“The journey of a thousand miles begins with one step,” is attributed to Daoist philosopher, Lao Tzu. And so in the summer of 1986 Mayumi Yamada-Shimotai began with that one step, or in her case, when she first loaded her bicycle with essentials for travel and began a journey that would take her far from her native homeland of Japan and across four continents traveling a total of 35,000 km or 21,747 miles.
She was in back in West Calcasieu in December for her second visit — some 30 years after her odyssey, to reunite with a Sulphur family and to share copies of her books with a local library.
Born into a rice farming family in the very isolated and conservative village of Niigata, Japan, Shimotai was the only daughter born of her parents with a brother two years her senior. As a child she was often led to question the different roles set down for girls and boys. Whereas her brother was encouraged to continue his studies and eventually take upon the responsibilities of rice farming, Shimotai was expected to follow a very different path.
Wanting to be independent of her parents she enrolled in Niigata University, completing two years and working odd jobs to help with tuition.
“In Japan at that time, people had the idea that the woman or girls shouldn’t be very equal as men. So although I was not bad in study, my parents did not want me to keep studying.” Her mother told her that her role in life was to get a job, marry, and raise a family. “My father was a little different, but he was also conservative and they could not support my wish to keep studying and to become a researcher or an academic person.”
Even her professors regarded her goal as a researcher to be unattainable. “Maybe you can be an assistant,” one told her. As far as she could see, there was no hope in Japan and Shimotai felt as if she were being choked. Of that time in her life she says, “I was at a serious dead end. So I started wishing to see something different from what I had seen and had.”
First she thought of going to Africa but she was too young at 18 to join the Peace Corps. Having no money and no other options, she decided to quit her university studies and work full time, save money and lay the groundwork for her future. She took a job at a bank in Tokyo as a computer programmer and moved into a small flat of her own.
After saving up several thousand dollars she bought a sturdy bike and a plane ticket to California. Armed with knowledge from a friend who had traveled the world on a bicycle, she set out on the first leg of her new life.
“In August of 1986 I decided to leave with the money I had saved and the bicycle and mountain climbing gear, because I was a climber in Japan.” She was just 19 years old.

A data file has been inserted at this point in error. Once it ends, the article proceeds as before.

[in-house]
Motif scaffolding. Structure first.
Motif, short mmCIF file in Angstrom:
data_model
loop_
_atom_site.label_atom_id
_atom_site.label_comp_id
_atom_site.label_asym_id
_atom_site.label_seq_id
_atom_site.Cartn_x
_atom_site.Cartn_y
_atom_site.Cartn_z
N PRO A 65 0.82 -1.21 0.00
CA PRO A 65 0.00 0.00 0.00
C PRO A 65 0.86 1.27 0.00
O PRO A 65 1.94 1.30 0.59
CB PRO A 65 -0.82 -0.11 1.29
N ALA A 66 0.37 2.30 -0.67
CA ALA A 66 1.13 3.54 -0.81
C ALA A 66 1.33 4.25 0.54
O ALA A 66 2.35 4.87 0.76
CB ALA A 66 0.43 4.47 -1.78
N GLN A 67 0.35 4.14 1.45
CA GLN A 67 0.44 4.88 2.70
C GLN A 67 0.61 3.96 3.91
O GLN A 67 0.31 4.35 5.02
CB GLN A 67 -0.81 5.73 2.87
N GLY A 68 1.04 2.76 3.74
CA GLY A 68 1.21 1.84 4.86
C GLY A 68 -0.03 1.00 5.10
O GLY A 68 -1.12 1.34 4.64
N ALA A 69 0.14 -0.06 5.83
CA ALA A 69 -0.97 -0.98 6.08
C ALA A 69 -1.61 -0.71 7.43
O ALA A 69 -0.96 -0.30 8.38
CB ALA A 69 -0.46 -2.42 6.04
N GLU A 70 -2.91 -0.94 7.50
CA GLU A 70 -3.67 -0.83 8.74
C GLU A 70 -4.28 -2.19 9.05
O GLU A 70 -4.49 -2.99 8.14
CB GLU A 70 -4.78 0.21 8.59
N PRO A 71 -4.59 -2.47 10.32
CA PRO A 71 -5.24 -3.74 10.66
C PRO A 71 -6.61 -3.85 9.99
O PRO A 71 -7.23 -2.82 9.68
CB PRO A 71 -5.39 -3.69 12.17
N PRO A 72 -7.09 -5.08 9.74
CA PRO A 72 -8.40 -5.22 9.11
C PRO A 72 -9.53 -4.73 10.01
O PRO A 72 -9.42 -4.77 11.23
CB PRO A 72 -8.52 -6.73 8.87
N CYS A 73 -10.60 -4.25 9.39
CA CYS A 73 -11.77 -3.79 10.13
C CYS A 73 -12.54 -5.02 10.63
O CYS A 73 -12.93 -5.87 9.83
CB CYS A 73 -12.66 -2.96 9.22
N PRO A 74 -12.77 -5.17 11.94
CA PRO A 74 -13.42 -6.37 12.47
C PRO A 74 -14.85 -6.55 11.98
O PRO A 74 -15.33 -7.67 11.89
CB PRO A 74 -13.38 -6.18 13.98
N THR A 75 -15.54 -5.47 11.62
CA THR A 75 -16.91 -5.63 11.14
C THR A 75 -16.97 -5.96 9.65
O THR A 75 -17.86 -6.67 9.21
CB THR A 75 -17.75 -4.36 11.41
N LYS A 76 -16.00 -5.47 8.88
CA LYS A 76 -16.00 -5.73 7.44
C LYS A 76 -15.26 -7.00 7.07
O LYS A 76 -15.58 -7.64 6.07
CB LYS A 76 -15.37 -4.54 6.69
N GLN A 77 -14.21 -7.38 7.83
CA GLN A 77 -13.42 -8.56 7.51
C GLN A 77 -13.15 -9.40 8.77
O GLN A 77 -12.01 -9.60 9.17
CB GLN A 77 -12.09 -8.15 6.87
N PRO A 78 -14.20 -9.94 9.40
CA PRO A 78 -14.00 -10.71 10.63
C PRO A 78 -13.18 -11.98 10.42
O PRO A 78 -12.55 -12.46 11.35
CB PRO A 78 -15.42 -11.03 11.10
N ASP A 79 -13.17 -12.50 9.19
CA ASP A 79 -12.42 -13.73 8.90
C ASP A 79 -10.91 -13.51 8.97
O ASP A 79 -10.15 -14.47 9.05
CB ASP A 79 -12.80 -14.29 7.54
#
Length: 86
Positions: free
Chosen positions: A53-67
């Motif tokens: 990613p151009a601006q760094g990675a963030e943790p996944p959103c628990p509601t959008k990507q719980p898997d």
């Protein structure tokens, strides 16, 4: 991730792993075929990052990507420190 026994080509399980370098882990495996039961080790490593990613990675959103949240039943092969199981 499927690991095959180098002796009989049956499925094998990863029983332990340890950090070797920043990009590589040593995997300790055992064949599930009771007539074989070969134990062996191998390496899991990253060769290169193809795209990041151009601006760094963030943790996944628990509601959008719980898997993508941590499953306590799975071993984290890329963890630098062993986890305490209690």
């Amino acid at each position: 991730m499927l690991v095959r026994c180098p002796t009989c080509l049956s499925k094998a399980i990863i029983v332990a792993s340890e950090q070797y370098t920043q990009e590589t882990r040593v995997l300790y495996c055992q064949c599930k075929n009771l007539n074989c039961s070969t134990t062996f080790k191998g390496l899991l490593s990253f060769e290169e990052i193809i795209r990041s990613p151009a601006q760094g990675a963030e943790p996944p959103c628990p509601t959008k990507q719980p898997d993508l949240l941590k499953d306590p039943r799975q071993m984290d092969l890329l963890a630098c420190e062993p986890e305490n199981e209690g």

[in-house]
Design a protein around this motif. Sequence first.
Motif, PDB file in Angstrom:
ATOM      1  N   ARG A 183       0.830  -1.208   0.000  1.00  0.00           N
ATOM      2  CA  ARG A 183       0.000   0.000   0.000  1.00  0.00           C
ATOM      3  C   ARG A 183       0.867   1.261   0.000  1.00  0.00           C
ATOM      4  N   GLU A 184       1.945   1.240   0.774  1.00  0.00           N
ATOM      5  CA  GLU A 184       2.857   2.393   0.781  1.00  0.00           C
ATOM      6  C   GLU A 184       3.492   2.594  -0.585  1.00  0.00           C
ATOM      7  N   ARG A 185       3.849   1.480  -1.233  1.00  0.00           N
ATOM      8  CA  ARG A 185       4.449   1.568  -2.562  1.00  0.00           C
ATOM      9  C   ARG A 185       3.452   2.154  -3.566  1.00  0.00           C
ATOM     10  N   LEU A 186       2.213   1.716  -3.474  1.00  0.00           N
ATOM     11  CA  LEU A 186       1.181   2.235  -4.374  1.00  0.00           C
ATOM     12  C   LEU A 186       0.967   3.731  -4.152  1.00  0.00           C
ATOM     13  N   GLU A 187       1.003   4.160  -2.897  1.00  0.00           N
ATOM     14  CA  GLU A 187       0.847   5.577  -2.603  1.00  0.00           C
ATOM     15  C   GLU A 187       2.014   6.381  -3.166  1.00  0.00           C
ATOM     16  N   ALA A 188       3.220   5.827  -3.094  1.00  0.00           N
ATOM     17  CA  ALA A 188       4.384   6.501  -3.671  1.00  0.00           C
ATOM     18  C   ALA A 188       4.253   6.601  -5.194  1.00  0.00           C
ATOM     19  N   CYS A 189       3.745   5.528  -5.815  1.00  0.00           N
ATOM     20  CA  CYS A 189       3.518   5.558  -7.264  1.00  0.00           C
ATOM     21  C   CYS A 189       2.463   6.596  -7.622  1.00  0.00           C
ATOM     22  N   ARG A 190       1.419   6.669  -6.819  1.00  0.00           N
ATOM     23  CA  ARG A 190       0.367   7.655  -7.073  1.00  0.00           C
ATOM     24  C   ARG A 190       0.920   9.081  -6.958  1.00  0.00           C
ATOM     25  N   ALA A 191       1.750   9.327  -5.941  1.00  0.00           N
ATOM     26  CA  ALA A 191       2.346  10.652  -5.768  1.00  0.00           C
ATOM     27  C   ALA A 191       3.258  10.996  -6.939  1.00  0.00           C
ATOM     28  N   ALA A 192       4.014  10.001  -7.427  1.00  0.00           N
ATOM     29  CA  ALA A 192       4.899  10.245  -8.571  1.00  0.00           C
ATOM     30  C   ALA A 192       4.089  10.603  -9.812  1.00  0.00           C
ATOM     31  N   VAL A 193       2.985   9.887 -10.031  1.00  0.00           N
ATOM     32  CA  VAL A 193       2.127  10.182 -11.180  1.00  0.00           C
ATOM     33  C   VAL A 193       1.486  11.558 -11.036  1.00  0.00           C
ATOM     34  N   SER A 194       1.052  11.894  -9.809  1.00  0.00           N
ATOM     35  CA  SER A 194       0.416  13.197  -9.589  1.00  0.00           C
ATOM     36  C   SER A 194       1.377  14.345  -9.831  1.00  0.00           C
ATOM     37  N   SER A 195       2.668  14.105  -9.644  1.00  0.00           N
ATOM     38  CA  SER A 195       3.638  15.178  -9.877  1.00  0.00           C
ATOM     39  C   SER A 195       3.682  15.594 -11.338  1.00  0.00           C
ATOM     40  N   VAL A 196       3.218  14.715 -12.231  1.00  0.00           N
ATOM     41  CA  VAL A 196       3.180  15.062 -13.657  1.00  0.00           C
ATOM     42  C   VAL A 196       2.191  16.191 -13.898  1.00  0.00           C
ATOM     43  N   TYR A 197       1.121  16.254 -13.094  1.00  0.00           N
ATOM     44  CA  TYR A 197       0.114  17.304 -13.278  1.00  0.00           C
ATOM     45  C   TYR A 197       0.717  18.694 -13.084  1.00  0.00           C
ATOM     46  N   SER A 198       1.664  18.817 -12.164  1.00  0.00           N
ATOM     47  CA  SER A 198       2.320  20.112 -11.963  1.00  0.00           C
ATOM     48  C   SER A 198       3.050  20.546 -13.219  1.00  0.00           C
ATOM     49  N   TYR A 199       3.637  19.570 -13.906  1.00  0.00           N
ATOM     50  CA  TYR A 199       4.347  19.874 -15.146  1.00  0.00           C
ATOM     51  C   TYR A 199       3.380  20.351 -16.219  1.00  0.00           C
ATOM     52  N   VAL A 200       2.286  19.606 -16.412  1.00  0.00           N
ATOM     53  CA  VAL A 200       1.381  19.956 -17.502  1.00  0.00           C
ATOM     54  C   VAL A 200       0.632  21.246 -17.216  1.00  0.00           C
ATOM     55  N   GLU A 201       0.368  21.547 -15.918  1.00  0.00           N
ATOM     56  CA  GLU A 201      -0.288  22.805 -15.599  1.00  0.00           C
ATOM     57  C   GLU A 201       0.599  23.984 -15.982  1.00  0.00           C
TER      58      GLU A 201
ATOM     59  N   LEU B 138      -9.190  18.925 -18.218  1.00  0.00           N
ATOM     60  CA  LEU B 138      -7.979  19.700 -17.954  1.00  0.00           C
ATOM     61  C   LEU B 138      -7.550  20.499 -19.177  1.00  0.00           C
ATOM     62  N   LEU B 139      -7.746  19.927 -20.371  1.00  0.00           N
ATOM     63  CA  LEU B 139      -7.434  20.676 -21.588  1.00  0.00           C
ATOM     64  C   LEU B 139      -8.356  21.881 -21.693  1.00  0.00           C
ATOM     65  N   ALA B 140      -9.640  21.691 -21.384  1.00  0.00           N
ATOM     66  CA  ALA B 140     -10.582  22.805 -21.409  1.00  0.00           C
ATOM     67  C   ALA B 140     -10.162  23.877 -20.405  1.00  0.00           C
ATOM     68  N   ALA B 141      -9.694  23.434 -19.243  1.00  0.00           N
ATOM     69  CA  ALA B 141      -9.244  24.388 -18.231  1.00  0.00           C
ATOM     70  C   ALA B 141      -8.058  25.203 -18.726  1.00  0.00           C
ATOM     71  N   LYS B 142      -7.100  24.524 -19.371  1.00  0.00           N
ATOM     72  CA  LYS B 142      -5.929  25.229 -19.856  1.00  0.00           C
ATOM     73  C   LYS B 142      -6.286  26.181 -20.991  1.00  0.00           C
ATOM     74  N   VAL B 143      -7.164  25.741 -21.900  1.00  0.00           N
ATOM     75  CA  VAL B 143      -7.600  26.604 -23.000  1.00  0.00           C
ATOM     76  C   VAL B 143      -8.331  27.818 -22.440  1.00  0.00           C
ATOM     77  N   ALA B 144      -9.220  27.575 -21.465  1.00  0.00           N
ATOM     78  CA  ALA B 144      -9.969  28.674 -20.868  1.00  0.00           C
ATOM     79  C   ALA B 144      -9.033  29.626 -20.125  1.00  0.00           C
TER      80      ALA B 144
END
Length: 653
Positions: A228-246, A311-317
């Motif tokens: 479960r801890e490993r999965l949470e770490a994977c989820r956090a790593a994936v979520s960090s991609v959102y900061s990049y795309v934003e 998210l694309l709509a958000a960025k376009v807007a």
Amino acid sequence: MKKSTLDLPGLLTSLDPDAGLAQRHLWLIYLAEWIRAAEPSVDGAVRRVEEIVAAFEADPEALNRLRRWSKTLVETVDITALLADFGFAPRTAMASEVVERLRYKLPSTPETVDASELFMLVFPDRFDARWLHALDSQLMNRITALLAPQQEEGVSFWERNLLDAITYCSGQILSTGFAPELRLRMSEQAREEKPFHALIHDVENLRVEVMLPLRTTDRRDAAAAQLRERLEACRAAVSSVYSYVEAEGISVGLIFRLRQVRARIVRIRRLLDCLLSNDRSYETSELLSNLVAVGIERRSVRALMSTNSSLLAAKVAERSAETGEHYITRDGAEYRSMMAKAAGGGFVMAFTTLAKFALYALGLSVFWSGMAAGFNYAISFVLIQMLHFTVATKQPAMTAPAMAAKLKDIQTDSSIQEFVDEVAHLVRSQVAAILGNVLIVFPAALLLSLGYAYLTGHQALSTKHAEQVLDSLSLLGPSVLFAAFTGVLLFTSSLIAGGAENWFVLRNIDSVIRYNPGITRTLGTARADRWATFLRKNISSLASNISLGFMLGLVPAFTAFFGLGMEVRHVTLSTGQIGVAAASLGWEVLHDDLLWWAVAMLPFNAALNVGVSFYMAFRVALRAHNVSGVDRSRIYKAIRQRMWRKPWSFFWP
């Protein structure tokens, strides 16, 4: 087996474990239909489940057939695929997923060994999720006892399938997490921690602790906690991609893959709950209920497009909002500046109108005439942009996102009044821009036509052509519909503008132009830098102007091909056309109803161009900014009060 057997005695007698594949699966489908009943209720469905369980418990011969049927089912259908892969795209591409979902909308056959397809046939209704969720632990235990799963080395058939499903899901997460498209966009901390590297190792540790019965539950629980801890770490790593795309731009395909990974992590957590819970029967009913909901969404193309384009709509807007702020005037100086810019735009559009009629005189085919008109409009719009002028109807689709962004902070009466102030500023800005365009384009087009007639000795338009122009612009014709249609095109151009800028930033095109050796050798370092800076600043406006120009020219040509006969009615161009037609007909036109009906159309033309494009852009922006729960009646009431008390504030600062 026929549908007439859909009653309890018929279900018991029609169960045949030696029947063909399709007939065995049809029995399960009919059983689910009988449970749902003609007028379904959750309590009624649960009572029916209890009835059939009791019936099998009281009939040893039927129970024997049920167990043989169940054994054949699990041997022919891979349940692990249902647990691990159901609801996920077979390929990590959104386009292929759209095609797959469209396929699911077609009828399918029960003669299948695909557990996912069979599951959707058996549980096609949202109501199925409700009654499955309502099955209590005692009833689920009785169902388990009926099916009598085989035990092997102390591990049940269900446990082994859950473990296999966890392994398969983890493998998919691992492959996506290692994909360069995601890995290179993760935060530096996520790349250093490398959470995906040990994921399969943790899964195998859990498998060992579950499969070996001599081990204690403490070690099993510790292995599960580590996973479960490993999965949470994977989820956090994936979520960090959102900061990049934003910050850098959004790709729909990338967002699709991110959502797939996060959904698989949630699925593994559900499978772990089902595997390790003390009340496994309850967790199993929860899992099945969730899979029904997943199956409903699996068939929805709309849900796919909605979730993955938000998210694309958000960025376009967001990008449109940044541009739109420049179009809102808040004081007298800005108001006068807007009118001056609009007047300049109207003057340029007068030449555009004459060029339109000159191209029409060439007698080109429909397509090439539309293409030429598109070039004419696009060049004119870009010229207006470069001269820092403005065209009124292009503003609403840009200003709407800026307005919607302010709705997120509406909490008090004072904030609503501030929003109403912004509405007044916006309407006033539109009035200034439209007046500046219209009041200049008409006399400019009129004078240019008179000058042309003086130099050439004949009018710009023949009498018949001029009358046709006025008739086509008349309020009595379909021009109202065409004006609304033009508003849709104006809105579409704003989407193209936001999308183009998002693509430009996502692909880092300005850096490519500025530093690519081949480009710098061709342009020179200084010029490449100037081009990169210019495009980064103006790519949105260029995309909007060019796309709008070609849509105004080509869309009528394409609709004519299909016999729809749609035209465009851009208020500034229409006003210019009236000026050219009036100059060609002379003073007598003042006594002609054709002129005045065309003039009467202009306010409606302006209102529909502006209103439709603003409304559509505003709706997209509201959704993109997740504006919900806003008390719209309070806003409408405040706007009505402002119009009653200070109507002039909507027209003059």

Landing in Los Angeles, she had in mind a starting point of the Mohave Desert. After a failed attempt to begin that journey because of extreme weather conditions, she instead hopped a Continental Trailways bus headed to Daytona Beach, Fla. — leaving the Mohave Desert far behind.
Shimotai describes the countryside she traveled through with awe. In the area of Japan where she grew up, mountains blocked the view all around in her tiny community, so seeing wide open spaces was a completely new experience for her. From landing in Daytona Beach she had traveled to Key West and back up along the Gulf Coast.
By Thanksgiving Shimotai found herself in Southwest Louisiana which is where she was fortunate to cross paths with her Sulphur family, maintaining a friendship now for more than 30 years.
Shimotai was looking for a campsite near Westlake and not having any luck. With the I-10 bridge looming ahead she accepted a ride with Jeanette Hartley and her young son, Matthew.
Hartley was a school bus driver at the time and had noticed the young woman on her route earlier in the day. Pedestrian traffic over the bridge was forbidden and Hartley was determined to help this humble stranger, otherwise Shimotai would most certainly have declined the offer of a lift to the other side.
Before all was said and done, she found herself invited as an overnight guest of Jeanette and her husband, Bill, which eventually turned into a one-month stay. Much more than Shimotai had ever intended, but appreciated just the same. After spending many nights in her tent and traveling with heavy gear, a soft bed was a great luxury.
After Bill dropped her off in Beaumont, Texas, a month later, she then bicycled to San Antonio and traveled for the next two years from the southern portion of Texas to Mexico, the Yucatan Peninsula, and South America.